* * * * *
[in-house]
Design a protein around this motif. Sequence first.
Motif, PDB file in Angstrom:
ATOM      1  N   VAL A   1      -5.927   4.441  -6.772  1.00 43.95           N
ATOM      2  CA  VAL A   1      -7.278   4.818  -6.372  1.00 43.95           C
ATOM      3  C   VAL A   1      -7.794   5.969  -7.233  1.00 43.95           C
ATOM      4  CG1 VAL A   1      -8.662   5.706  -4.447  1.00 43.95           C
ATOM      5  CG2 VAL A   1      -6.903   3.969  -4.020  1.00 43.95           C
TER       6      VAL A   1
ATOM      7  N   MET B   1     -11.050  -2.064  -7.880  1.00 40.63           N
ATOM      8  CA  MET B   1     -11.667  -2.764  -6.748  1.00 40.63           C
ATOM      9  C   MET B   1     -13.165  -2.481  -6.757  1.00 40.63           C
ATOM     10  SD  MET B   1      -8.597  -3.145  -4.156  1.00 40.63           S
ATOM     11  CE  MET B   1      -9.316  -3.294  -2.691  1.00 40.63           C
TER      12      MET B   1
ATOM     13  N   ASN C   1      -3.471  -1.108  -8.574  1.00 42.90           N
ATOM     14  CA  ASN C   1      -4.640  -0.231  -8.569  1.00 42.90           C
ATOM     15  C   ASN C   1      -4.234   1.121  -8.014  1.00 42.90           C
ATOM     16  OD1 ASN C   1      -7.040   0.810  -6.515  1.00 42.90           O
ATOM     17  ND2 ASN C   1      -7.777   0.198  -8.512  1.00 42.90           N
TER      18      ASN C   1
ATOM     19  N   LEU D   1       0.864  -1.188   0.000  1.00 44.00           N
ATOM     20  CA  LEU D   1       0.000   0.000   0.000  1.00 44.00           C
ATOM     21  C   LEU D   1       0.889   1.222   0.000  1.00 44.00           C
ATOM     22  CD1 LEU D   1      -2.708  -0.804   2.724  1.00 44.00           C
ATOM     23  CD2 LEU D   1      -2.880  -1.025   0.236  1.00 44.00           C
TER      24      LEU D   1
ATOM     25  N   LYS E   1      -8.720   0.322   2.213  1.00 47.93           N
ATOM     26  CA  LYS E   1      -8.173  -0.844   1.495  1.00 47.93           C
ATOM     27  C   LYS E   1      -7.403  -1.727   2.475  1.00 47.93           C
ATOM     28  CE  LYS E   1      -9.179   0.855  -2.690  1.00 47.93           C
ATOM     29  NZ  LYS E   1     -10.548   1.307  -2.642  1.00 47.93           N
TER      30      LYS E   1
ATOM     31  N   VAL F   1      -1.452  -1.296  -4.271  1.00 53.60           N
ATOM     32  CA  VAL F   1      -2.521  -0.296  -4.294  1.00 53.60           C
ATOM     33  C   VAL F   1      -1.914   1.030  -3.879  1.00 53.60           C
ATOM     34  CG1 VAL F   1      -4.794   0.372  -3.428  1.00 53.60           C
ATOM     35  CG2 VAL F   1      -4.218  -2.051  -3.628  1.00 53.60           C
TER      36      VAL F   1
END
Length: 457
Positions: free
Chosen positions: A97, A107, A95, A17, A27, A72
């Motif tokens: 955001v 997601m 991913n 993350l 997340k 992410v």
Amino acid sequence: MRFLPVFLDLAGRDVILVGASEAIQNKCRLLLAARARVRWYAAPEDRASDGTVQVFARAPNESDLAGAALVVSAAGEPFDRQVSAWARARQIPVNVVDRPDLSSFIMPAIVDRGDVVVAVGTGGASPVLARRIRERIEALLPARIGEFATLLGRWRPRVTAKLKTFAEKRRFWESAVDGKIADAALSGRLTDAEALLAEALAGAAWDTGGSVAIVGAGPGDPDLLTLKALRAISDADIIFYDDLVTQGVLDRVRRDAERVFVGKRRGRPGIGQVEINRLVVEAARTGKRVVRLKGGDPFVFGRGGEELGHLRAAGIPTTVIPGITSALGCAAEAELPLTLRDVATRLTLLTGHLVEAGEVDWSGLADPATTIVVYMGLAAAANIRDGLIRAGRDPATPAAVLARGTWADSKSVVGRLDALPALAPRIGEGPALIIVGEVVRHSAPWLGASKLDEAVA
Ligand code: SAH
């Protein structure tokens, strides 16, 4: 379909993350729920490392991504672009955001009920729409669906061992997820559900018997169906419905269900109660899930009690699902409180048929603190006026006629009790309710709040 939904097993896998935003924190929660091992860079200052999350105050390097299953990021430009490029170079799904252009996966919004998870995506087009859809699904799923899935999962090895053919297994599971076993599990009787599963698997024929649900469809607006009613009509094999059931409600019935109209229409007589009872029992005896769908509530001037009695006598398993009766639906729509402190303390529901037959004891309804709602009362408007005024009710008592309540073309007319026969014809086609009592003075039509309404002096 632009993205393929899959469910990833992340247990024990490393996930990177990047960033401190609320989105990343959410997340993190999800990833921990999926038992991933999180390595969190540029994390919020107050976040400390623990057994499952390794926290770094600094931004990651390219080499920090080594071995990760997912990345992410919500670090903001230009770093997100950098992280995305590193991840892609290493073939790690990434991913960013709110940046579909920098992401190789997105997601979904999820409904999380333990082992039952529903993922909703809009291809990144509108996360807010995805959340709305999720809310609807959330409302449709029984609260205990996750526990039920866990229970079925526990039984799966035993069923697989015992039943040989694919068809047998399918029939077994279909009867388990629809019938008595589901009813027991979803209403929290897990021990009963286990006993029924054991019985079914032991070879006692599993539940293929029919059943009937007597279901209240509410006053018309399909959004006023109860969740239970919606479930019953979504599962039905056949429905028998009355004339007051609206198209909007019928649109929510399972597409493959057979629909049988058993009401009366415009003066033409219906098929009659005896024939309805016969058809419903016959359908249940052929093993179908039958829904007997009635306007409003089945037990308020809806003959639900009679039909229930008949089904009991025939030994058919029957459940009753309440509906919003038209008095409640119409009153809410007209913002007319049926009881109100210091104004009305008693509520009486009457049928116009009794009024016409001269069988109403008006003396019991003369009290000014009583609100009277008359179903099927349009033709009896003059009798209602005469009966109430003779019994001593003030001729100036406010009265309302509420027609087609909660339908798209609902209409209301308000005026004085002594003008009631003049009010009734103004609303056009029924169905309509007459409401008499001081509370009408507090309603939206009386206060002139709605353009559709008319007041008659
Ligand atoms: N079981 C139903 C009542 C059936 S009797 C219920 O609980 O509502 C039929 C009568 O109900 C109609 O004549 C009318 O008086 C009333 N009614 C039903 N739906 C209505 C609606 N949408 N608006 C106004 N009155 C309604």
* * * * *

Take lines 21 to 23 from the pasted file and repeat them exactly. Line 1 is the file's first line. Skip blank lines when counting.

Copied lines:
TER      18      ASN C   1
ATOM     19  N   LEU D   1       0.864  -1.188   0.000  1.00 44.00           N
ATOM     20  CA  LEU D   1       0.000   0.000   0.000  1.00 44.00           C